Have things changed, or did we (I, you, they) get them wrong in the first place? It can be hard to tell, sometimes. Or perhaps I mean always. It can be hard to sort out misunderstanding from wishful thinking, confirmation bias from overcorrection, too much suspicion from not enough suspicion, too much suspicion of X from not enough suspicion of Y – and so on.
From Open Democracy:
Some of my friends and relatives tell me I’ve changed – that my politics aren’t as “leftwing” as they used to be during the anti-nuclear movement in Britain back in the 1980s. In a way, they are right. My core politics haven’t changed, but it seems to me that the world has changed so dramatically – traditional alliances and reference points have become unreliable, the ground rules of the power game have so shifted – I’d be a fool not to incorporate these changes into my analytical framework.
Maybe. Maybe, maybe. Or maybe we (I, they, you) were (at least partly) wrong about some of those alliances and reference points and ground rules all along. Or maybe not. It can be very hard to tell. Which means it can be very hard to tell just what is ‘leftwing’ anyway. It’s getting to be a very slippery eel, that ‘leftwing’ attribute.
Unlike my compatriot Christopher Hitchens, however, whose break with erstwhile comrades on the left over foreign policy has resulted in a wholesale swing rightward, I still hope that my rethinking of some foreign policy questions can be incorporated into a vibrant progressive movement. Indeed, I’d argue that a strong defence of pluralistic, democratic societies needs to be an essential, perhaps a defining, component of any genuinely progressive politics in today’s world.
There’s an example of that eel right there. That ‘wholesale swing rightward’ is highly disputable (and disputed). Just for one thing, I would venture to say that Hitchens also hopes that his ‘rethinking of some foreign policy questions can be incorporated into a vibrant progressive movement,’ and he certainly would argue that a strong defence of pluralistic, democratic societies needs to be an essential component of any genuinely progressive politics – so the ‘unlike’ bit is not altogether clear. A distinction without a difference.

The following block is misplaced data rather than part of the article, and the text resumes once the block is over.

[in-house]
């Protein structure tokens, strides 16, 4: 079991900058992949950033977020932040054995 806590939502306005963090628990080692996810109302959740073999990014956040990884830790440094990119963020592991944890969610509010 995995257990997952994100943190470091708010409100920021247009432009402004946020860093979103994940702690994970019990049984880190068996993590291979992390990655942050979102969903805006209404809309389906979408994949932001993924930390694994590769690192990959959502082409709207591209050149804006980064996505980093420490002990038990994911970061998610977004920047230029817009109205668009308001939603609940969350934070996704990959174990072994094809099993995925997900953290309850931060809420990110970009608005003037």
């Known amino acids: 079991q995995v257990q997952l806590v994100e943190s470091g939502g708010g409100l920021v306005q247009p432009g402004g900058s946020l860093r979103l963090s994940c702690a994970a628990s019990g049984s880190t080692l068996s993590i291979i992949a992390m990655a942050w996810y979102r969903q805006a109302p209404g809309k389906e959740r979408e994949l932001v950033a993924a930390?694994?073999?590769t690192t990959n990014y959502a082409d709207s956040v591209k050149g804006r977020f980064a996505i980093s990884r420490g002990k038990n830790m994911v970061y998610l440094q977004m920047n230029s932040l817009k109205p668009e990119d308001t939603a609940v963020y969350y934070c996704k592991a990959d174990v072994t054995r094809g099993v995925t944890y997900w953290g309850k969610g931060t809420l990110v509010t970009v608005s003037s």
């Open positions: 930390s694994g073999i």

But the basic point is unexceptionable.
Yet reading the voices of much of the self-proclaimed “left” in the London papers in the aftermath of the bombings, I was struck by how ossified many of them have become, how analyses crafted at the height of the cold war have lingered as paltry interpretive frameworks for political fissures bearing little if anything in common with that “twilight conflict.”…They assume that groups like al-Qaida are almost entirely reactive, responding to western policies and actions, rather than being pro-active creatures with a virulent homegrown agenda, one not just of defence but of conquest, destruction of rivals, and, ultimately and at its most megalomaniacal, absolute subjugation…Moreover, many of those who reflexively blame the west do not honestly hold up a mirror to the rest of the world, including the Muslim world, and the racism and sexism and anti-semitism that is rife in many parts of it. If bigotry were indeed the exclusive preserve of the west, their arguments would have greater moral force. But given the fundamentalist prejudices that are so much a part of bin Ladenism, the cry of western racism is a long way from being a case-closer.